The best way to find out what customers need is to just ask them, right? According to tech visionary, Steve Jobs, the answer is a resounding no.

Steve Jobs was adamantly opposed to creating products based on what consumers say they need. He said, “Some people say, ‘Give customers what they want.’ But that’s not my approach. Our job is to figure out what they’re going to want before they do. I think Henry Ford once said, ‘If I’d asked customers what they wanted, they would have told me, ‘A faster horse!’ People don’t know what they want until you show it to them.”

The idea of not directly asking customers what they want may seem preposterous. But, here’s the thing.

It’s not that Steve Jobs didn’t believe in market research. He preferred to glean insight from authentic observation, or ethnographic research.

Jobs spent hours observing people in their natural environments (e.g. in the home, at stores, etc.). During this time, he captured data about what makes customers tick and what frustrated customers.

Then, he used that data to answer the questions that plague all market researchers: what do customers actually need to solve their biggest problems, and how can I make that product? 

Thankfully, with improvements in technology, capturing lifestyle data is much easier than following someone around their home 24/7 and trying to act natural. Let’s take a closer look at ways you can conduct the perfect ethnographic research study.

1. Look for contradictions and unmet needs

Conducting a successful ethnographic study involves observing people in their natural environment. You’re not looking for validation of what they say. You’re looking for contradictions in what they say and what they actually do. Finding these contradictions is the key to unlocking valuable customer insights and finding ways to meet real customer needs—not self-reported perceptions.

2. Don’t disrupt the observation

The best lifestyle research studies are those that don’t involve interruptions from the observer. This is one huge advantage of capturing data via a camera, lifelogs, and social media. When the researcher is removed from the project, they don’t have the ability to interject, which keeps the environment natural.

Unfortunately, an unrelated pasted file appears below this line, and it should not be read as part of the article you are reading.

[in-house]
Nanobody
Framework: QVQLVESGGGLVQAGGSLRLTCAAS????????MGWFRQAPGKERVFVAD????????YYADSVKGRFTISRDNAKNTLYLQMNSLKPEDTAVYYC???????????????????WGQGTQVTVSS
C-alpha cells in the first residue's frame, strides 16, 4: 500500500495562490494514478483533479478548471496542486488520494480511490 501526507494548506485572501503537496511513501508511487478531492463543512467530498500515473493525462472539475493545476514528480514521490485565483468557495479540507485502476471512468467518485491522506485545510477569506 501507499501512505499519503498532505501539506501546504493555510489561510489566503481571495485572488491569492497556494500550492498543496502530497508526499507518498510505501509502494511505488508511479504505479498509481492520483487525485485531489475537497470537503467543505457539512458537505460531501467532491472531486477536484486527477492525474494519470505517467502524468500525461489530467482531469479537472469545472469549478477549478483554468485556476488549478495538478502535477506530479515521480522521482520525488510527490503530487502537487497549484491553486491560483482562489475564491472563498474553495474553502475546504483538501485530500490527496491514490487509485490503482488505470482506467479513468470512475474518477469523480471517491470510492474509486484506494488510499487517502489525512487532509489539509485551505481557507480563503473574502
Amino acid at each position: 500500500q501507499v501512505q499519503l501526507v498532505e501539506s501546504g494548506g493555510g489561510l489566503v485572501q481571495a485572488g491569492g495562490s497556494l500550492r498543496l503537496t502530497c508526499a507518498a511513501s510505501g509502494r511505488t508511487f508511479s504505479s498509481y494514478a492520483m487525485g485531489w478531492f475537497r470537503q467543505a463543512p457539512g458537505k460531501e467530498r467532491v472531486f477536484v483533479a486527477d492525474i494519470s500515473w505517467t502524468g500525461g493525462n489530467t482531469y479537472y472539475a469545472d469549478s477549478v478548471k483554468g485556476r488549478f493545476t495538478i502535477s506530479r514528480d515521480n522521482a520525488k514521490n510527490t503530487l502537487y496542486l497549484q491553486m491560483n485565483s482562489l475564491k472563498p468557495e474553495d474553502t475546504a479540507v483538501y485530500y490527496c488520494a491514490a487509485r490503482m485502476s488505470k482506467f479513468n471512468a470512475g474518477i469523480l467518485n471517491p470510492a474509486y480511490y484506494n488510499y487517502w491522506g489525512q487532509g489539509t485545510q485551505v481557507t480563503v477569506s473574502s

3. Rewind and hypothesize

Before social media, smart phones, and robust technological advances, the typical ethnographic study usually lasted around 4 hours. Today, market researchers have access to days of recorded data. This helps market researchers capture more data and also be able to rewind the recorded data as many times as necessary to get answers.

4. Involve other teams in the data analysis

Two heads are better than one. If you want to identify real customer problems, involve other departments in the research. The marketing team might see something different from your engineers, and your engineers might see something different from your product team. Adding team members with different expertise helps broaden the understanding of the data. You might be surprised and delighted at what someone from another department brings to your attention.

Remember this…

If you’re looking to capture authentic data from customers to help inform your business, take the time to capture and analyze ethnographic data. 

If you get frustrated in the process, remember two things. First, there are tools like Fuel Cycle at your leisure that help you comb through qualitative data more quickly and affordably. Second, remember how high customer satisfaction levels of Apple products are as proof that ethnographic market research works and is worth the investment.